Nearly 56 million of people in the U.S. have some form of arthritis, making it a very common condition, according to the Centers for Disease Control and Prevention (CDC). The early symptoms vary depending on the type of arthritis. Because advanced stages of arthritis can be painful and debilitating, it’s important to seek medical attention early. Beyond physical therapy and other conservative treatments, one of the most cutting-edge treatment options is PRP for arthritis. If you’re suffering from arthritis pain, especially osteoarthritis pain, continue reading to learn about how this treatment can help you.

What is PRP for arthritis? 

PRP, or platelet rich plasma therapy, is a treatment option that relies on the existing healing potential of the body to help heal injuries and trauma. Medical professionals who administer PRP therapy start by drawing a patient’s blood and then running it through a centrifuge. This is to create a concentrated platelet solution that is rich in growth factor  proteins. These proteins can help:

  • Relieve pain
  • Promote healing from injuries
  • Regenerate soft bodily tissues

By using PRP for arthritis, you can help promote natural healing within the body. PRP for arthritis has other benefits for patients. It uses the patient’s own blood so there’s no risk of reaction. It’s also been shown to speed up healing times compared to other therapies.

To learn more about PRP for arthritis, check out the video below from Dr. Tory McJunkin as he explains this therapy. From there, we’ll talk about the early warning signs of arthritis so you can learn if you qualify for PRP for arthritis treatment.

What is arthritis?

There are more than 100 different types of arthritis, and each has varying warning signals. Some of these types of arthritis are more appropriate for PRP therapy, while others require different treatments. Two kinds of arthritis appear most frequently: osteoarthritis and rheumatoid arthritis.

Osteoarthritis

This condition affects 27 million people in the U.S., making it the most common type. With osteoarthritis, a person’s joint cartilage wears away, reducing the buffer that helps joints move fluidly and without pain. As the cartilage wears away, inflammation and pain develop during movement. Eventually, the cartilage disappears, leaving bone to rub against the bone with no buffer at all.

The condition is progressive, however, not all patients experienced the most advanced stages, marked by extreme pain and limited mobility. Although osteoarthritis can develop in any part of the body, common areas include the knees, hips, and spine. The hands can also be affected.

Because osteoarthritis is marked by inflammation and degeneration that leads to pain, PRP for arthritis in this case, can be a great way to increase the body’s natural healing abilities, while also reducing symptoms.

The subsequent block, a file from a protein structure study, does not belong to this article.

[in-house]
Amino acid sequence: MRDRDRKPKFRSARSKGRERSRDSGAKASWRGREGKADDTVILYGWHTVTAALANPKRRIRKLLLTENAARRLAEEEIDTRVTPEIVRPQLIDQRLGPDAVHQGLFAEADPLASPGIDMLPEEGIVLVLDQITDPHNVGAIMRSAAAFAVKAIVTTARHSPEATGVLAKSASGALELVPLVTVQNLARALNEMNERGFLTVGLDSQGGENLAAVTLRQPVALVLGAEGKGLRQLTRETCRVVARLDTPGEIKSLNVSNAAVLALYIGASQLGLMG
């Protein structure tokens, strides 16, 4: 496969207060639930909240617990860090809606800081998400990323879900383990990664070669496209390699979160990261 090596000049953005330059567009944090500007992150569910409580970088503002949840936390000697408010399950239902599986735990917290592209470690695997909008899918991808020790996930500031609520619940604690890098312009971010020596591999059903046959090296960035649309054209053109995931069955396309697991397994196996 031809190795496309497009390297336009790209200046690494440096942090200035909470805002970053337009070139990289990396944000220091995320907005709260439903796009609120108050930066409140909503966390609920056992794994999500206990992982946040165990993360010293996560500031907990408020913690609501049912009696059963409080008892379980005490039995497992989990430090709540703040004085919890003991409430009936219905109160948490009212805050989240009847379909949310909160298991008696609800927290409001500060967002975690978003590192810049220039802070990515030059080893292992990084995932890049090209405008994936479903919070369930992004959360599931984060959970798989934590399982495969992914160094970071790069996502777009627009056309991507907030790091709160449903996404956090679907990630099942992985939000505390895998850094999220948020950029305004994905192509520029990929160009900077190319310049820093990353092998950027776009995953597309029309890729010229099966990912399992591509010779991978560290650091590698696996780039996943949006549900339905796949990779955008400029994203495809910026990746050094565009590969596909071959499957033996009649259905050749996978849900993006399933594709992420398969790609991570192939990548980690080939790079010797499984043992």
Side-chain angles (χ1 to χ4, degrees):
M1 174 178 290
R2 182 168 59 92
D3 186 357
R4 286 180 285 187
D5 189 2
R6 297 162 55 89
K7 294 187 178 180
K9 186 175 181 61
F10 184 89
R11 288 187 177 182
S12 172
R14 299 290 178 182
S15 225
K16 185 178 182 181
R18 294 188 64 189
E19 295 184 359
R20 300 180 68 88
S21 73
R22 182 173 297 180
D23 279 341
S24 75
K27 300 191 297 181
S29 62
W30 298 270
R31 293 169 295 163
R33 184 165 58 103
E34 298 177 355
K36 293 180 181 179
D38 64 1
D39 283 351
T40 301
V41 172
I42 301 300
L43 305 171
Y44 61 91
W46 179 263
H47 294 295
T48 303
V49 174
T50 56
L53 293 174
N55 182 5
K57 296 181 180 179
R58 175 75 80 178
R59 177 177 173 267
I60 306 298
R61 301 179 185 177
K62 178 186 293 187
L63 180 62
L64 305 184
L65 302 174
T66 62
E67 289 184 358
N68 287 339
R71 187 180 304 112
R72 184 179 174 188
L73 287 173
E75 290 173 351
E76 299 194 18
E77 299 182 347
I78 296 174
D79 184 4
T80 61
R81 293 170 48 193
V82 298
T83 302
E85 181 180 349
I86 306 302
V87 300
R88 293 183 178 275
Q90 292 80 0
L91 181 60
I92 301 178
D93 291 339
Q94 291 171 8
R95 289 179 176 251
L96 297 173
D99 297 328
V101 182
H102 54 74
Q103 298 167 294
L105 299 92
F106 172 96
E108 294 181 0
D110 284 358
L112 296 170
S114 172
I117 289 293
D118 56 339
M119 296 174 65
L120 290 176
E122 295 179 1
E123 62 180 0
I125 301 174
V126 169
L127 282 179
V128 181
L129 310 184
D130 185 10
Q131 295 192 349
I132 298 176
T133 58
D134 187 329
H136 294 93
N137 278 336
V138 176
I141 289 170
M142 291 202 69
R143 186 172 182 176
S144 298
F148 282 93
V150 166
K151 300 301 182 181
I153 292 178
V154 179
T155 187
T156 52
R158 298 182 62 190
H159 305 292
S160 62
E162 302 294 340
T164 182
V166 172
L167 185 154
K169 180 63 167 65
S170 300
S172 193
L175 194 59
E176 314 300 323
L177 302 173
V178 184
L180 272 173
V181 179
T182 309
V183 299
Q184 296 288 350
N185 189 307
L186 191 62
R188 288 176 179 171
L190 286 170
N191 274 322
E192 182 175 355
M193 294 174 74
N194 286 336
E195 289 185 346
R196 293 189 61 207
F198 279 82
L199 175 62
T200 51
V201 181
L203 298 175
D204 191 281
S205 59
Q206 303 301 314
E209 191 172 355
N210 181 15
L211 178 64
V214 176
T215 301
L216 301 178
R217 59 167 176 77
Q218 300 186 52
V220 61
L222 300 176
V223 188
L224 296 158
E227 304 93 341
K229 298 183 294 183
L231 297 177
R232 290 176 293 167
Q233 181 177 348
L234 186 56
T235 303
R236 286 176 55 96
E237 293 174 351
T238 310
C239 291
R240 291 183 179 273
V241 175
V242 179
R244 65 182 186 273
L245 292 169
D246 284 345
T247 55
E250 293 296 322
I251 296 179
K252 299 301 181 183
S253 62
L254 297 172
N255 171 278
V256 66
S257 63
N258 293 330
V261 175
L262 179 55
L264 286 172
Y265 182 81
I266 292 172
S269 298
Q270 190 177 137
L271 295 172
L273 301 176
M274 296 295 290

Rheumatoid arthritis

This is an autoimmune disorder that also affects joint health. This means the body essentially attacks its own joint tissue, leading to pain, inflammation, joint damage, and possible immobility. About 1.5 million people have been diagnosed with the condition, according to CDC.

While osteoarthritis typically affects the body’s large joints, rheumatoid arthritis usually affects the small joints, such as those in the hands and feet. When osteoarthritis does develop in the hands, the most commonly affected joints are those at the tops of the fingers. Rheumatoid arthritis, meanwhile, is more likely to appear in the middle joints or those connecting the fingers and the base of the hand, according to Mayo Clinic.

The biggest difference is where each type causes the most damage: osteoarthritis affects the health of the joint cartilage, which covers the ends of bones at the joint, while rheumatoid arthritis affects the joint lining.

What causes arthritis?

Experts aren’t sure what causes osteoarthritis. The risk of developing it increases with age, however, not all older people experience joint pain. Besides age, risk factors include obesity, previous joint injuries, weak muscles, and genetics.

Doctors also aren’t sure what causes rheumatoid arthritis, although it’s more common in women who are between the ages of 40 and 60. It may also run in families. Identifying the disorder early is essential to minimize damage in the body, particularly to organs, which can also be affected.

How Can PRP For Arthritis Help You? | ArizonaPain.com

What are the symptoms of osteoarthritis?

In osteoarthritis, people often start feeling pain in the form of a dull aching or burning sensation. The timing of this discomfort varies. Some people report stiffness first thing in the morning that may last for 20 minutes. Others say pain or stiffness develops after using the joints heavily, such as spending a day gardening. Still others are sensitive to changes in the weather, particularly dampness, according to Healthline.

Swelling may also develop early in osteoarthritis. The body produces fluid to help compensate for cartilage that is eroding away. The body intends for the liquid, known as synovium fluid, to provide cushioning, but it often ends up finding its way into the joint area, impeding movement and causing additional pain.